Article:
Q&A: Alan Moore
The legendary comic book writer sounds off on his new project, Brian Eno, and how to make your life matter.
In his groundbreaking Watchmen, V For Vendetta, and From Hell comic series, Alan Moore shattered conventions by gilding his intricate narratives with allusions to pre-Christian mythology, obscure magic rituals, Masonic lore, and historical events, earning himself superhero-like status in the world of ink, paper, and story panels. But with his new project, the eccentric Englishman has decided to test his powers of multi-media.
Working in collaboration with photographer Mitch Jenkins and musicians such as Mike Patton and Mogwai’s Stuart Braithwaite, Moore, 56, created Unearthing, a spoken-word biography of his friend and celebrated fellow comic writer Steven Moore that features an accompanying score and book of photographs.
Speaking on the phone from his home in Northampton, England, Moore told SPIN.com about Unearthing and also touched on the role that music in his life and work, as well as his idea for how we might come to live in a “better understood world.”
Unearthing is fundamentally a two-hour piece of storytelling. Is there an audience for the project?
Since I am me, I find it very difficult to judge how fascinating listening to my nasal, heavily-accented drone for two hours would be to somebody who wasn’t me. I can’t think of anything quite like Unearthing. Yes, there have been spoken word performances with music but the fact that it’s a combination of photographic imagery, of music, of words — I think it’s an interesting enough beast that people may find that it appeals to them in ways that they might not have been appealed to before. I know that the music is absolutely spellbinding, and the public response seems to be very good. We got huge amounts of pre-orders. We’ll have to wait and see, but I’ve got quite a good feeling about it.
Where did the idea for Unearthing come from?
It all really started with my friend Steven Moore doing an improvised magical ritual after buying a Chinese coin sword back in the 1970s. Steve thought, “Oh, I’ve got a magic sword, perhaps I should do a magic ritual with it.”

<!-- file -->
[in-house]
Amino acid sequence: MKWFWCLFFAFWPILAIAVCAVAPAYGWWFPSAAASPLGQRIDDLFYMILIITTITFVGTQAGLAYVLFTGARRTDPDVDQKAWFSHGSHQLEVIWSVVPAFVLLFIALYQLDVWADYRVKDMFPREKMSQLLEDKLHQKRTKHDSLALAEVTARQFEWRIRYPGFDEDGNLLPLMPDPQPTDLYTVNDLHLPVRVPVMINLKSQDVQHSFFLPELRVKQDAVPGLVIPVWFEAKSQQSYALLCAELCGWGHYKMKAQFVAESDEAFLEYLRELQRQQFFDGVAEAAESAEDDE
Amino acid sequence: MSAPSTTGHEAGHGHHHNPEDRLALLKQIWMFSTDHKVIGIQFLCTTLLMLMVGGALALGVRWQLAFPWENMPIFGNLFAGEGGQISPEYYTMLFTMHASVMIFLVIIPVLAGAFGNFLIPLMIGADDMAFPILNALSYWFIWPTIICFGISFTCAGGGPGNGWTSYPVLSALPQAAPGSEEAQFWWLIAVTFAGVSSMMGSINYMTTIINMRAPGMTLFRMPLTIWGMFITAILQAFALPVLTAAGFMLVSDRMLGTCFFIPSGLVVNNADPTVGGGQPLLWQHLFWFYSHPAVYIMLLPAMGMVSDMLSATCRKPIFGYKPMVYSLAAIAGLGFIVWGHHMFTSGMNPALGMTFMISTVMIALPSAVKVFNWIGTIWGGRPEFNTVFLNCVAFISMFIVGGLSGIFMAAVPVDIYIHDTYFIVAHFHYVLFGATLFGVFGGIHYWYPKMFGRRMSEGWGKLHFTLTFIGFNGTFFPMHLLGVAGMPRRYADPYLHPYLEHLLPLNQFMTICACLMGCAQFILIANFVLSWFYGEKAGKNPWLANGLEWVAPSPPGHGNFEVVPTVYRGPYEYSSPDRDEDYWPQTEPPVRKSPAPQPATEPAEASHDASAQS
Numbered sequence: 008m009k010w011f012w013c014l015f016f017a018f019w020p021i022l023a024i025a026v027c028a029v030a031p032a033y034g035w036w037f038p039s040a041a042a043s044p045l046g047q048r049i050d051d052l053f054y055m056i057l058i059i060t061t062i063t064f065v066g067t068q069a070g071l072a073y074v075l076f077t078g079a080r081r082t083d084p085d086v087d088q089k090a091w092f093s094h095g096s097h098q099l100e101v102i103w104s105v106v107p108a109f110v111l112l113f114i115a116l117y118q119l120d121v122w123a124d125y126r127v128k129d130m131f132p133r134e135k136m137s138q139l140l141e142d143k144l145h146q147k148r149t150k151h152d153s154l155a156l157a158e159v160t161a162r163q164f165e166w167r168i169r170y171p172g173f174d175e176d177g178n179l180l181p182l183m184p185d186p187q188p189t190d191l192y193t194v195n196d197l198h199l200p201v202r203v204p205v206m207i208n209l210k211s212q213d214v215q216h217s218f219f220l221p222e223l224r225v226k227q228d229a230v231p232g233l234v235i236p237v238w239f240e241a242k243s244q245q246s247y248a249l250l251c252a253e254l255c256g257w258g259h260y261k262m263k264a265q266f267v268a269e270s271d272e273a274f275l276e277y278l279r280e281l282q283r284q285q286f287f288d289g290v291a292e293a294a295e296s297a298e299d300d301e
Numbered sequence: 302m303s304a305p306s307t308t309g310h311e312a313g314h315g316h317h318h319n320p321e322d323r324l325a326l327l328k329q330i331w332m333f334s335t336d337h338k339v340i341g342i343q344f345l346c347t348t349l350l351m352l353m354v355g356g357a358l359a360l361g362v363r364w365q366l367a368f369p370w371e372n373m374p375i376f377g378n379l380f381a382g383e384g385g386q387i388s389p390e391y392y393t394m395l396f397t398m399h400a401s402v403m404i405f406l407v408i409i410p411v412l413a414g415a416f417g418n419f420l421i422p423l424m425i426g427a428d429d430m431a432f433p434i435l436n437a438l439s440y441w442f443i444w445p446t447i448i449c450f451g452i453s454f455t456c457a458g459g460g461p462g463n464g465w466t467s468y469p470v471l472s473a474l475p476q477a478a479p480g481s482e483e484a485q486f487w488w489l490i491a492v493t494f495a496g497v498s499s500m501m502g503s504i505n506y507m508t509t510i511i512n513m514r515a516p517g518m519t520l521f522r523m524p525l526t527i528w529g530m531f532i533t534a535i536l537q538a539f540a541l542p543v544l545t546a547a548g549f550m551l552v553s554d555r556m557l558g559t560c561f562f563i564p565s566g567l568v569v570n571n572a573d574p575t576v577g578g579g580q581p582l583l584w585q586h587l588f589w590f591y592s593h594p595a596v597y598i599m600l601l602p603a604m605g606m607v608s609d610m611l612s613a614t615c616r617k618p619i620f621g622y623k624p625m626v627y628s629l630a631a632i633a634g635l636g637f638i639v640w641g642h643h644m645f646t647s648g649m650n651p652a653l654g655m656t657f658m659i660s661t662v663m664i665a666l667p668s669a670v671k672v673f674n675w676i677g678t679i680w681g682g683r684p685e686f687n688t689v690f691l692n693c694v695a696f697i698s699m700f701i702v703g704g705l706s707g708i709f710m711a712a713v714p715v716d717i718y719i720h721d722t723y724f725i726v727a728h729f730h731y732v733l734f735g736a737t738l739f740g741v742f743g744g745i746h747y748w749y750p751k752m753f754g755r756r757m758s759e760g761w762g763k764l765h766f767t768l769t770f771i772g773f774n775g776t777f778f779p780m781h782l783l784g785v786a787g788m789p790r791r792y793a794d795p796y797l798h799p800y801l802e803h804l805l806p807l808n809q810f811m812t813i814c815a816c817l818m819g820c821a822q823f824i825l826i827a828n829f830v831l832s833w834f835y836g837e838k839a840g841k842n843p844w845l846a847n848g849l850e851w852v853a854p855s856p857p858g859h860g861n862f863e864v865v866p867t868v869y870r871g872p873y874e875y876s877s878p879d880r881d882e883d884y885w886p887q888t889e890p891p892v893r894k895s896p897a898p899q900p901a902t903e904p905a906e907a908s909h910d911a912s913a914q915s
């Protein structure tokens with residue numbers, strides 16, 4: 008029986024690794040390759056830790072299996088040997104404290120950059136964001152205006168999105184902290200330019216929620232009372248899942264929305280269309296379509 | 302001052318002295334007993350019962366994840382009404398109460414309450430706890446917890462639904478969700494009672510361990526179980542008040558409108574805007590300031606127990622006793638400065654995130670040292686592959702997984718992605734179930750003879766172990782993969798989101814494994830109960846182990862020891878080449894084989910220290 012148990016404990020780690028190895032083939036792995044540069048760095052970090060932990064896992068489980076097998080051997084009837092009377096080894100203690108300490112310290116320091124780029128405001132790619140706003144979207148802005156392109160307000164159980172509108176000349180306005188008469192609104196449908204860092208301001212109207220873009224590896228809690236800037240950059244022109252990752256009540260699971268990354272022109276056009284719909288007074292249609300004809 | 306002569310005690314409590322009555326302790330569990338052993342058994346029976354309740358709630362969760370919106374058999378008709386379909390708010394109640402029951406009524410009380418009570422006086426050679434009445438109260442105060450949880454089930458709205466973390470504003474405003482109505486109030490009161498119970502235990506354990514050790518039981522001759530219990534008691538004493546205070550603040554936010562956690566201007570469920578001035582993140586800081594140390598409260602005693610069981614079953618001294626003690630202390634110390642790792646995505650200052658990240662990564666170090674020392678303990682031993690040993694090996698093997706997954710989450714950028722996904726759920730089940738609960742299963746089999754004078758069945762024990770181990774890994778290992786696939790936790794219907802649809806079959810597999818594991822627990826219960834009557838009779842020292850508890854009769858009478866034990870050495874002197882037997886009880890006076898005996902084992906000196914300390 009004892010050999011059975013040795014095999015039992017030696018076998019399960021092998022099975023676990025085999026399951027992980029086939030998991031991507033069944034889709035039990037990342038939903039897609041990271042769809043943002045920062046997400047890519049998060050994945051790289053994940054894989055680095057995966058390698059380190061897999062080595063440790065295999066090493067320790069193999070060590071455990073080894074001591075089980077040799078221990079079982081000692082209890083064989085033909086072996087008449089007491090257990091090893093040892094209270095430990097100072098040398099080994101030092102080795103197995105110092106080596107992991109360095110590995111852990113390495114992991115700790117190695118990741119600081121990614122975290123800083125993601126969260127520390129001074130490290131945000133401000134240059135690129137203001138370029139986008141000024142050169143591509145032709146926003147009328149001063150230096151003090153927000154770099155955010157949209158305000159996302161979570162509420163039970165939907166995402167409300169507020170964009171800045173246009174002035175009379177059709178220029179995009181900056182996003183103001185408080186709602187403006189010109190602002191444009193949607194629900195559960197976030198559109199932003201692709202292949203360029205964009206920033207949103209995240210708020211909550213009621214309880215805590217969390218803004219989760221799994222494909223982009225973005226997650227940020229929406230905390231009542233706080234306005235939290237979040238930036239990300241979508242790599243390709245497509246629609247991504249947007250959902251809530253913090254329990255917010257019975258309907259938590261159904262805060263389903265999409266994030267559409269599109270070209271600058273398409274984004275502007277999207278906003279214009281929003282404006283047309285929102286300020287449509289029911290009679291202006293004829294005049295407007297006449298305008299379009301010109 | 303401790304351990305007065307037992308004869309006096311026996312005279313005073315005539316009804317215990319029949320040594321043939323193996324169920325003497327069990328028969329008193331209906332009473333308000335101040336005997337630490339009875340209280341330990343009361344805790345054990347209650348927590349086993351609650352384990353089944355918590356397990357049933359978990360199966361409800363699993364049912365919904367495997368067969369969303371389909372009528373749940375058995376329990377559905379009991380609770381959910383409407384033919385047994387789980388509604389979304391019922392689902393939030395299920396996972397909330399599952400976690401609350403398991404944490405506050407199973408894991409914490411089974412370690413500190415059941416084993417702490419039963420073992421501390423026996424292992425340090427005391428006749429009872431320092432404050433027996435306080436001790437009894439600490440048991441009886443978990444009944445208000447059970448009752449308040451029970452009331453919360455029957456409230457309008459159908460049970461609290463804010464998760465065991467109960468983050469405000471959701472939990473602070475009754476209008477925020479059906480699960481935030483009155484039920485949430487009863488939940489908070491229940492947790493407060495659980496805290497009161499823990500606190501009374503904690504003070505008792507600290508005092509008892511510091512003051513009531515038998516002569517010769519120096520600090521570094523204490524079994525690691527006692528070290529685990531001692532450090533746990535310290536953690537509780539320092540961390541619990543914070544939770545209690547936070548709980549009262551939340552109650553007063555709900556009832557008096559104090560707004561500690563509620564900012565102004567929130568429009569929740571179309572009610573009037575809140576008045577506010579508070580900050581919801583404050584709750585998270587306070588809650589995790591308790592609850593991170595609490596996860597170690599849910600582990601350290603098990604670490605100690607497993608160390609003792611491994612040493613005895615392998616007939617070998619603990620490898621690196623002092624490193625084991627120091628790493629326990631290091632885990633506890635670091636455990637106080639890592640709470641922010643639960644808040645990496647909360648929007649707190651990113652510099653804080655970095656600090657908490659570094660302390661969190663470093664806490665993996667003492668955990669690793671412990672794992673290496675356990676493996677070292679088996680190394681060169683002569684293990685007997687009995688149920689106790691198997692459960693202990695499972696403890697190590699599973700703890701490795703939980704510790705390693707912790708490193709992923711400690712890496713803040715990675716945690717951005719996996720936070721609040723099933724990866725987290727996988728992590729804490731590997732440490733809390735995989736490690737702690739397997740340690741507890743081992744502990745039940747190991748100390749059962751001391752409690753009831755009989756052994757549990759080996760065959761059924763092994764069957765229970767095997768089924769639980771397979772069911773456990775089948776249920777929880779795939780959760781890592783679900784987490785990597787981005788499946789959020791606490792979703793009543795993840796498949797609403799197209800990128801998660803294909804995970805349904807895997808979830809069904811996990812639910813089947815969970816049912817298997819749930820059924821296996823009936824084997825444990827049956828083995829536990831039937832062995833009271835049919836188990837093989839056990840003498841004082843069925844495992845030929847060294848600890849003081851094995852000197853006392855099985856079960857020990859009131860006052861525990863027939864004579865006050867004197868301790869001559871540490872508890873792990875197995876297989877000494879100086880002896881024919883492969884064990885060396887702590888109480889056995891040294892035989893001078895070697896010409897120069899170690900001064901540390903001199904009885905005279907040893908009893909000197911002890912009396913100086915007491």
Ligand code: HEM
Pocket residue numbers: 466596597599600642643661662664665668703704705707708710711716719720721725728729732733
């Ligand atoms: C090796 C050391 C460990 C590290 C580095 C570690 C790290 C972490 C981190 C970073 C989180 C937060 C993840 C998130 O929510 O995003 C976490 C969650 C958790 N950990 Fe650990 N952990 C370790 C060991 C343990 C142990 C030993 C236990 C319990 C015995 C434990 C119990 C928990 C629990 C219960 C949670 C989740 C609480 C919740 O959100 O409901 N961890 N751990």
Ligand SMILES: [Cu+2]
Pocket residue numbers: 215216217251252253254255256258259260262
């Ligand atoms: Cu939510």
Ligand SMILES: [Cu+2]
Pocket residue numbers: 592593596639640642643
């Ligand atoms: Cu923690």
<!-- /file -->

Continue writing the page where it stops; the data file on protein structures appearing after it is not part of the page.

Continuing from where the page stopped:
Indeed! And what he did was ask a spirit for guidance. The next morning he woke up and heard a male voice whispering the word “Endymion” in his ear, which of course sounds like dream gibberish, but then he remembered it was also the name of a poem by John Keats about a Greek shepherd boy who falls in love with the moon goddess Selene. The goddess tells the boy that he can be with her forever, but only if he’s asleep and dreaming. Gradually this myth started to take over Steve’s life in some quite unusual ways, which are documented in the story but I won’t share now. Then, around 2004, Iain Sinclair, my friend and one of the greatest writers in the English language, called up to ask me if I wanted to contribute to an anthology that he was editing called London: City of Disappearances. He said I should write about someone or something that has disappeared, that was disappearing, or that would disappear somewhere within London. The first person I thought of was Steve Moore. Steve has lived in the same house that he was born in throughout his entire life. There are probably very few people remaining in the modern world who have had that experience. He’s a vanishing breed. So I decided that I wanted to do a biography of Steve because he’s got a very strange external and internal life, and the book gave me the forum to do that. That’s the genesis of Unearthing.